Going into your second day, and following morning networking, James Willison, Founder, Unified Security Ltd goes digital. As our dependency on technology grows, many companies are more vulnerable than ever, between data and privacy risks to ransomware, hackers are becoming more sophisticated, and businesses need to adapt quickly for Seminar 5 on Cyber Crime – the United Security Response.

With a continuing rise in companies at risk of fraud, from physical fraud to high level hacking, security needs to be tight across the board, and the final seminar before more discussion and networking addresses these fears. Fraud Prevention with David Lee, Fraud Prevention Manager, Transport for London sees the summit almost to a close.

Taking place between the 13-14 March at the Radisson Blu Hotel, London Stansted, this year’s Total Security Summit is the industry go-to for professionals.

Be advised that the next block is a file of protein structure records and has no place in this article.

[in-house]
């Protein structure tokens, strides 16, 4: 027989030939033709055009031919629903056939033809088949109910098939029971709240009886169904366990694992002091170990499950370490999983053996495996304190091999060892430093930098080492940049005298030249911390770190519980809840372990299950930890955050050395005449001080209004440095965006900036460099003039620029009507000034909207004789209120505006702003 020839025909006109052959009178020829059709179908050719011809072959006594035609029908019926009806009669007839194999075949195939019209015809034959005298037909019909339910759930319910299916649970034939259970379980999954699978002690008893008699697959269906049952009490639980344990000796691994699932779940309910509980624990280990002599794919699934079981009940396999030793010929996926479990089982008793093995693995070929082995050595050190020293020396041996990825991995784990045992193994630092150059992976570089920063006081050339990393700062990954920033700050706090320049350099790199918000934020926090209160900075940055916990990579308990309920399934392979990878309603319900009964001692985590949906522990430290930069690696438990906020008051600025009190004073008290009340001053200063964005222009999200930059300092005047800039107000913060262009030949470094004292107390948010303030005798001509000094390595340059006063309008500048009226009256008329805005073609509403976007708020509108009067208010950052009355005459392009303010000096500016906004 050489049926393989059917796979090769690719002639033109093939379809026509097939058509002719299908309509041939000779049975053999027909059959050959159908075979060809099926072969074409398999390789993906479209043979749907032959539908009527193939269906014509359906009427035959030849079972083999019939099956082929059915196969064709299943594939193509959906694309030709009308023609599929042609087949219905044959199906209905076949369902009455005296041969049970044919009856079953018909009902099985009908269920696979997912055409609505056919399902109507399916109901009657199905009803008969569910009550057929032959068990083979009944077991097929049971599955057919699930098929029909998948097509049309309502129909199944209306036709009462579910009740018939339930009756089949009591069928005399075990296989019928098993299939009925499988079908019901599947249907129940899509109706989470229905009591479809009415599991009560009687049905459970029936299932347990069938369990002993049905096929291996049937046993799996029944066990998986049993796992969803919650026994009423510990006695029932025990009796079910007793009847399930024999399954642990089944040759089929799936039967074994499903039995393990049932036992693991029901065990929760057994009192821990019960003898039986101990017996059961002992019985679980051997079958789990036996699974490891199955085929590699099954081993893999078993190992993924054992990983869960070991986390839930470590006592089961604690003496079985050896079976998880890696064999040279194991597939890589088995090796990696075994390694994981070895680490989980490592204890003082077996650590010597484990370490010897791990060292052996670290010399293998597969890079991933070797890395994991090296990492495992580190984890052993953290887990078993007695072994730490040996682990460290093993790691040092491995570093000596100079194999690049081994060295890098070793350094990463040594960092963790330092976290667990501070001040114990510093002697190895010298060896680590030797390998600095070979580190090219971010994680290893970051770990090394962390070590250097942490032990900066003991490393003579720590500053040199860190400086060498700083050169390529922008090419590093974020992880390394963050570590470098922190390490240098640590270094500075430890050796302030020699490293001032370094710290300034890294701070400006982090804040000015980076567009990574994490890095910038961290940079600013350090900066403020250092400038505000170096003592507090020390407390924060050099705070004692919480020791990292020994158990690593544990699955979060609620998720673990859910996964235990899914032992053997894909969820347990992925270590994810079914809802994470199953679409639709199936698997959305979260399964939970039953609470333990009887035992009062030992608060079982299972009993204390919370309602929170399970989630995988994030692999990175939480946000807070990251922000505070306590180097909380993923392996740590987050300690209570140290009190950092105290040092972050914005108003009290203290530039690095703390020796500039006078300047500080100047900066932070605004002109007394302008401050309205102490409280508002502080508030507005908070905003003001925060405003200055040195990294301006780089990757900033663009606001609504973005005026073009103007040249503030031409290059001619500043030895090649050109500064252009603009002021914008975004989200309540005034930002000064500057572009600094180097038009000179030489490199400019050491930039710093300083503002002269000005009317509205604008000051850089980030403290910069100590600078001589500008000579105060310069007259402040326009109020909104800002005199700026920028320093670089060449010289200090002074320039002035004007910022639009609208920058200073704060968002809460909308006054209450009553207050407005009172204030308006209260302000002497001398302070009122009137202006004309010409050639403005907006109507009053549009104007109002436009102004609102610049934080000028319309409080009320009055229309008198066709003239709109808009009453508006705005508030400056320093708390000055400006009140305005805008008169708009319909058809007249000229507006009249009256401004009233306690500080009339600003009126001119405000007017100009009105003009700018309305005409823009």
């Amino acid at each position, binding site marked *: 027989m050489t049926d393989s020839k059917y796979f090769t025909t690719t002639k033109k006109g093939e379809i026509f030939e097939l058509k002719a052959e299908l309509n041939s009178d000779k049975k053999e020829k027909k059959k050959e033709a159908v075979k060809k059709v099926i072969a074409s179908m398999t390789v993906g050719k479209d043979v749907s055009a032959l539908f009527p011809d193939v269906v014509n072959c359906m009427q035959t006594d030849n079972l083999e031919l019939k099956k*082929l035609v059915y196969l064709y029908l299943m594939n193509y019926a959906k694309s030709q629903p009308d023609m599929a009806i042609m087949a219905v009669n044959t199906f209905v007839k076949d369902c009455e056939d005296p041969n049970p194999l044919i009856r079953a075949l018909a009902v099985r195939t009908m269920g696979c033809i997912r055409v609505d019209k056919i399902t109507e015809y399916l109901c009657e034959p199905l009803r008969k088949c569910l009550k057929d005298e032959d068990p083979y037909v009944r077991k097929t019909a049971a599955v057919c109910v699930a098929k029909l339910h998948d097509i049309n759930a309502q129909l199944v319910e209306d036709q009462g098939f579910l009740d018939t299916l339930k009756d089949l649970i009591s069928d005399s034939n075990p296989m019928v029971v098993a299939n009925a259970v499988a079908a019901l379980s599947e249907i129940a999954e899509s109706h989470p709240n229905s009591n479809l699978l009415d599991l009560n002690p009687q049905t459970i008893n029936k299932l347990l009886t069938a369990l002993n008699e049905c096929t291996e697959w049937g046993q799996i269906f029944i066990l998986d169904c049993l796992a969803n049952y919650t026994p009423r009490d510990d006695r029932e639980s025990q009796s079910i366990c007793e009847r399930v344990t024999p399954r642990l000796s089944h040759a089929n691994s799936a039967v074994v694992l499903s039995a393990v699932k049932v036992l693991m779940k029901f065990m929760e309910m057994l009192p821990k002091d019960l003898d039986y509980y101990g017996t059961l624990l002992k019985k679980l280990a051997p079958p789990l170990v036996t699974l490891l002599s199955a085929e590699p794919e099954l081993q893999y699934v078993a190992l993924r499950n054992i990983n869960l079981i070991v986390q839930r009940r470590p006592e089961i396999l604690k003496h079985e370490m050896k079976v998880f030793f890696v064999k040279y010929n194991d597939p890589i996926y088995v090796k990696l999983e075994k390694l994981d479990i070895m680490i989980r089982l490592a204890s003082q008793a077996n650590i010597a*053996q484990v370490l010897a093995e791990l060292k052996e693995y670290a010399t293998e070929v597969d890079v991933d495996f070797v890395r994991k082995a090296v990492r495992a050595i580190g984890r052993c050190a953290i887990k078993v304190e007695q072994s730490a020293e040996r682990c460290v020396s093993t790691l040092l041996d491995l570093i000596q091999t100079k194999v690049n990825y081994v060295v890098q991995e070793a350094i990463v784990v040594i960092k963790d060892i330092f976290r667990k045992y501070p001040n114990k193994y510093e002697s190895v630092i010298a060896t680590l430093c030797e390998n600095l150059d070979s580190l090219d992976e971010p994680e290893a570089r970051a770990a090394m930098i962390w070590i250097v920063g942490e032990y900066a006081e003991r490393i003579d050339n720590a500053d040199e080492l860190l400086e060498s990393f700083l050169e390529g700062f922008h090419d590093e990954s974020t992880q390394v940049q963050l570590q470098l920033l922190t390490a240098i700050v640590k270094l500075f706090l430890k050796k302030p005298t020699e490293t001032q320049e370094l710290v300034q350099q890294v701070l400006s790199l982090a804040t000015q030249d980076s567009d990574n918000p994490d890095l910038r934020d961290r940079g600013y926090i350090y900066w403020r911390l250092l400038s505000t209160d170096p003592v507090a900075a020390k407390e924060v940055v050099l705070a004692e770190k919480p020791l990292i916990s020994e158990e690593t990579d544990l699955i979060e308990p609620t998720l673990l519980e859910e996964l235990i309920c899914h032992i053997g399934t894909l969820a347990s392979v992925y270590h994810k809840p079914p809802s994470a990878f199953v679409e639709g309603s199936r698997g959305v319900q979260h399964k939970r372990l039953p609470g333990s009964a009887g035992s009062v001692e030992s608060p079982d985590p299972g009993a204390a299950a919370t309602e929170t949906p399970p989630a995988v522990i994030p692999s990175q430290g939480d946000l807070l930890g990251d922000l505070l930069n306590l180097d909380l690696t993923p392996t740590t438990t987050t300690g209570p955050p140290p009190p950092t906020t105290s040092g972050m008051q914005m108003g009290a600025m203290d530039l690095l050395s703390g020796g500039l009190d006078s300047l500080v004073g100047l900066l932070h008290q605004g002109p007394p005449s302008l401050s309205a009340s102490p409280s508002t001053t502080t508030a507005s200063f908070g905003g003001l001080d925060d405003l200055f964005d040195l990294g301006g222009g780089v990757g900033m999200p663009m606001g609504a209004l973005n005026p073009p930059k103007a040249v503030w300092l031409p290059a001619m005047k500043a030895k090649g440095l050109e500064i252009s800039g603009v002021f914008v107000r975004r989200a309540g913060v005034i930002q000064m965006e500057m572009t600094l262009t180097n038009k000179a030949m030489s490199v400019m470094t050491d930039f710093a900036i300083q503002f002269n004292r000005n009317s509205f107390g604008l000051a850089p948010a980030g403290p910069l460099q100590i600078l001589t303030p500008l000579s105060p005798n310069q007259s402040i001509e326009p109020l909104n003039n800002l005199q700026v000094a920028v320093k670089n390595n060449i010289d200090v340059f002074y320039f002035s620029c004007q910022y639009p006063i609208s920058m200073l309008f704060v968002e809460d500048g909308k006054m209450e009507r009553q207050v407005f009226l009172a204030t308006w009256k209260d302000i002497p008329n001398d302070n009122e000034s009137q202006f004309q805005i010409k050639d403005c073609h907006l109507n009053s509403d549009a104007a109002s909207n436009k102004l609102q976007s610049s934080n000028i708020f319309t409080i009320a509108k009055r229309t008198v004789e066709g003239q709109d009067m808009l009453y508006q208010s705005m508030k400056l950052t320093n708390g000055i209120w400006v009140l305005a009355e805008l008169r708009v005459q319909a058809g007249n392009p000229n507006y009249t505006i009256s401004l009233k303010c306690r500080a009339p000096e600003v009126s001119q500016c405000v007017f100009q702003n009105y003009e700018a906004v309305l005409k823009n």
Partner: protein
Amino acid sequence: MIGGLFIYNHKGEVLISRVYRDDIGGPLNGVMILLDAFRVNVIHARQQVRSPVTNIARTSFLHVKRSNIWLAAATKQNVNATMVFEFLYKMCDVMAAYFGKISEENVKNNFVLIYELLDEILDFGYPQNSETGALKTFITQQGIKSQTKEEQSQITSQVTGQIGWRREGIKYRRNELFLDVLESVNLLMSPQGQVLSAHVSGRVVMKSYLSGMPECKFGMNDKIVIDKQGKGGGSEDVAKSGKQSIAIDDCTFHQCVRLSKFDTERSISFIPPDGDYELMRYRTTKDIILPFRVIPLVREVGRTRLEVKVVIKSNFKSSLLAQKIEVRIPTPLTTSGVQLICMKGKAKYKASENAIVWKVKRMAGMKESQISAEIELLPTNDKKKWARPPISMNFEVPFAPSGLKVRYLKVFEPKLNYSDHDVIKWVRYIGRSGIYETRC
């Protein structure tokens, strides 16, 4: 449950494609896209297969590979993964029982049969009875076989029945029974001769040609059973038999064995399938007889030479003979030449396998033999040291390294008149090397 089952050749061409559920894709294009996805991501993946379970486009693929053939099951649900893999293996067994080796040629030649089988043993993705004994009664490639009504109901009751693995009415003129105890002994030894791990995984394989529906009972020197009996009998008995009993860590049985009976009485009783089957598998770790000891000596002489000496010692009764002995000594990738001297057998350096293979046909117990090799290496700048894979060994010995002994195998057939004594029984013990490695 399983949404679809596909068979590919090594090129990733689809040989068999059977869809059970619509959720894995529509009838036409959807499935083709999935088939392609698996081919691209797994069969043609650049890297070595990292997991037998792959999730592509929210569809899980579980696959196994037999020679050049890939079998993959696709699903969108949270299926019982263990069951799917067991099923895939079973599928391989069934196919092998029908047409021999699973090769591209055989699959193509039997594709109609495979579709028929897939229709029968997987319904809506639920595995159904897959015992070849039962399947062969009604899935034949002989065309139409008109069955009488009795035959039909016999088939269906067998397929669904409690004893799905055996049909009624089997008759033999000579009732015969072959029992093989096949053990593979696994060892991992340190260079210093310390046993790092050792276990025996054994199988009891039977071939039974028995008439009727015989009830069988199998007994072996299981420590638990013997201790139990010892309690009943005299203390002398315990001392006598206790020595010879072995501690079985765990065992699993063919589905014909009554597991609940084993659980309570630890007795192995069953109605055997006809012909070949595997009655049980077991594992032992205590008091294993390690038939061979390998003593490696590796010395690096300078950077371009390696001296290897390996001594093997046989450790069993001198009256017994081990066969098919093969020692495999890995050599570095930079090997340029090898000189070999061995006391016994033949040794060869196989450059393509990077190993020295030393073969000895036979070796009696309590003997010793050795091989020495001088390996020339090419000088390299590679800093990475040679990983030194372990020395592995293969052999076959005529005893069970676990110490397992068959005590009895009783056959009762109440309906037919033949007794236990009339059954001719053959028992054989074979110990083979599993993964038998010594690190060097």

To secure a complimentary delegate place at either of the two annual Total Security Summit events, call Liz Cowell on 01992 374 072 or email l.cowell@forumevents.co.uk.

Or, to attend either event as a supplier, call Nick Stannard on 01992 374 092 or email n.stannard@formumevents.co.uk.

For more information, visit www.totalsecuritysummit.co.uk.

Forum Insight: Tactics to improve your email marketing campaigns…

Although many in the marketing profession have publicly declared the platform of email to be a thing of yesteryear, it’s still evident that a majority brands and sales departments are keen to adopt an effective strategy that will connect an audience and spread the intended message.

Taking a standard template, filling in the blanks and hitting send is easy for anyone to do; but that’s not how you grow a business. It’s crucial to put some thought into developing a solid strategy, or even better, replicate an effective process that has gained a substantial amount of traction, and make solid improvements over time.

Every email campaign should have one goal in mind: don’t overwhelm your audience with too much information. You want to create a campaign that is easy for everyone to read and navigate; as well as ensuring all the appropriate information and links are included.